In fact, the position of captain holds a special place in Yankees history, having been held by 15 men starting with pitcher Clark Griffith in 1903. The line of succession runs through Babe Ruth, whose captaincy lasted barely two months of the 1922 season, and of course Lou Gehrig, who was seemingly destined to be the last Yankees captain; 37 years passed between his forced retirement in 1939 to when George Steinbrenner resurrected the tradition in 1976, designating Thurman Munson the captain.
Joe McCarthy, Gehrig’s Yankees manager, had decreed he would have no successor. “If McCarthy had known Munson,’’ Steinbrenner said, “he’d have felt differently.’’
Steinbrenner, a former football coach with a quasi-military mentality, appointed six captains: Munson, Graig Nettles, Willie Randolph, Ron Guidry, Don Mattingly and Jeter, somewhat of a surprise pick in June 2003 since he and The Boss had had a very public spat over Jeter’s extracurricular activities a few months before.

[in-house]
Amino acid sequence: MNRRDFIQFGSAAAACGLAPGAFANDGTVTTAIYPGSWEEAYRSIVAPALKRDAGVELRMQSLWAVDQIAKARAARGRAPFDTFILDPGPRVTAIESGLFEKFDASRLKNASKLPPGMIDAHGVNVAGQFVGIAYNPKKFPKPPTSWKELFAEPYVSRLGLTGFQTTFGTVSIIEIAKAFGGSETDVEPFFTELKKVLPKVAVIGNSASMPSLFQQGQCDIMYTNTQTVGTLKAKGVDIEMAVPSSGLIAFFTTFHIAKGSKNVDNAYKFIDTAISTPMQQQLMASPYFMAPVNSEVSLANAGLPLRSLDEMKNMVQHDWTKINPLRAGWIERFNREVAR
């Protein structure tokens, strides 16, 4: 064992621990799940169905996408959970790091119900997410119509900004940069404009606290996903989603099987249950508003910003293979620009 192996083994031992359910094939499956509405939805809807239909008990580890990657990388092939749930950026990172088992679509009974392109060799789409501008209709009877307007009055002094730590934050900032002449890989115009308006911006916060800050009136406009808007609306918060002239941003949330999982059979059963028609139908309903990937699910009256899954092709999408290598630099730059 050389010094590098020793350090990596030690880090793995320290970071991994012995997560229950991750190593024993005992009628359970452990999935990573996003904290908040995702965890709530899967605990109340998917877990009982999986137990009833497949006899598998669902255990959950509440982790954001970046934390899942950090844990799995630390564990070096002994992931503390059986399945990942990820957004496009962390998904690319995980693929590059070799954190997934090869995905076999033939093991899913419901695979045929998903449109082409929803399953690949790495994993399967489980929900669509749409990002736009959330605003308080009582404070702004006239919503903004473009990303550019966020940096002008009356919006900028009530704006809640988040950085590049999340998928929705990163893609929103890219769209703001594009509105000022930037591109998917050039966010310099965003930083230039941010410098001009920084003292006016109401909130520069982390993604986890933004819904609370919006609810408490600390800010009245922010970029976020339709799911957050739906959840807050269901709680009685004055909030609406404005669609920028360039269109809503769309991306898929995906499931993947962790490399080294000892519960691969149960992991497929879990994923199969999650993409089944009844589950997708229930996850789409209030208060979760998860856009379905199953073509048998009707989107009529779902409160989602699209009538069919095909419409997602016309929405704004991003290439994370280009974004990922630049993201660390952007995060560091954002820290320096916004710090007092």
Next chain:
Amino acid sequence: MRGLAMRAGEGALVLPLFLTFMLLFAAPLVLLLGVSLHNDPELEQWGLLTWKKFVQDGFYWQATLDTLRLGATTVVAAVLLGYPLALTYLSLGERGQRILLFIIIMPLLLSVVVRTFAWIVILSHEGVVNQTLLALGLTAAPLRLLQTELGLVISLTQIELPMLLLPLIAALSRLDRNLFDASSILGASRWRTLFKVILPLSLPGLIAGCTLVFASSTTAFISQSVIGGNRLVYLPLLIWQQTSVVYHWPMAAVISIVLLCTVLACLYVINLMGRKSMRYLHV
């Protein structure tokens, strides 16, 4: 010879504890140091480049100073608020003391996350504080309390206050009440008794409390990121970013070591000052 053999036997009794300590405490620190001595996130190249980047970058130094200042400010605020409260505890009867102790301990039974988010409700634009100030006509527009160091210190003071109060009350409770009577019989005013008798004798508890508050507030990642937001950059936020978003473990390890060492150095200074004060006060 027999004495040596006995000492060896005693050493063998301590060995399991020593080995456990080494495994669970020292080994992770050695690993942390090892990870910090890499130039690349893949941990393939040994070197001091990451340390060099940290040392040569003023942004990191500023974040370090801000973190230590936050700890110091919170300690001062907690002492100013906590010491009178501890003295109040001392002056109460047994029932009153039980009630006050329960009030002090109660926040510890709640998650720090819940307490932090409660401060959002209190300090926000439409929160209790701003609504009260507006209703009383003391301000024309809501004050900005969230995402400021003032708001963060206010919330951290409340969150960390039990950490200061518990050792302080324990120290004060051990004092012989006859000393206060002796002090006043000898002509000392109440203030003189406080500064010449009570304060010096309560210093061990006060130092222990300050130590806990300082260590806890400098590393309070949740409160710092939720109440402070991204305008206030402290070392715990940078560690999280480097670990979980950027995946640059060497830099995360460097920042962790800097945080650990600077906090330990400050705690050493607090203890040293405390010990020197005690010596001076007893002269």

“It kinda came out of the blue because the year started off with George kind of dismissing the idea,’’ Cerrone recalled. “In hindsight Jeter was really the obvious choice, but it kinda just came together really quickly. The way the year started you’d never imagine he was going to do it.’’
But since Jeter’s retirement in 2014, the Yankees have given no indication of considering appointing a successor, and like many contemporary general managers, Brian Cashman has said he considers the position of team captain to be unnecessary.
In fact, there is a school of thought that teams would prefer not to appoint captains anymore, because it hamstrings them in how they can deal with that player. Team captains are generally veteran players who have been with the club a long time, and often for their entire careers. They are also often fan favorites. That combination makes it difficult to trade the player, or allow him to leave as a free agent, or even to accept a reduction in playing time or a demotion in the lineup. The Yankees faced that dilemma with Jeter in his final season.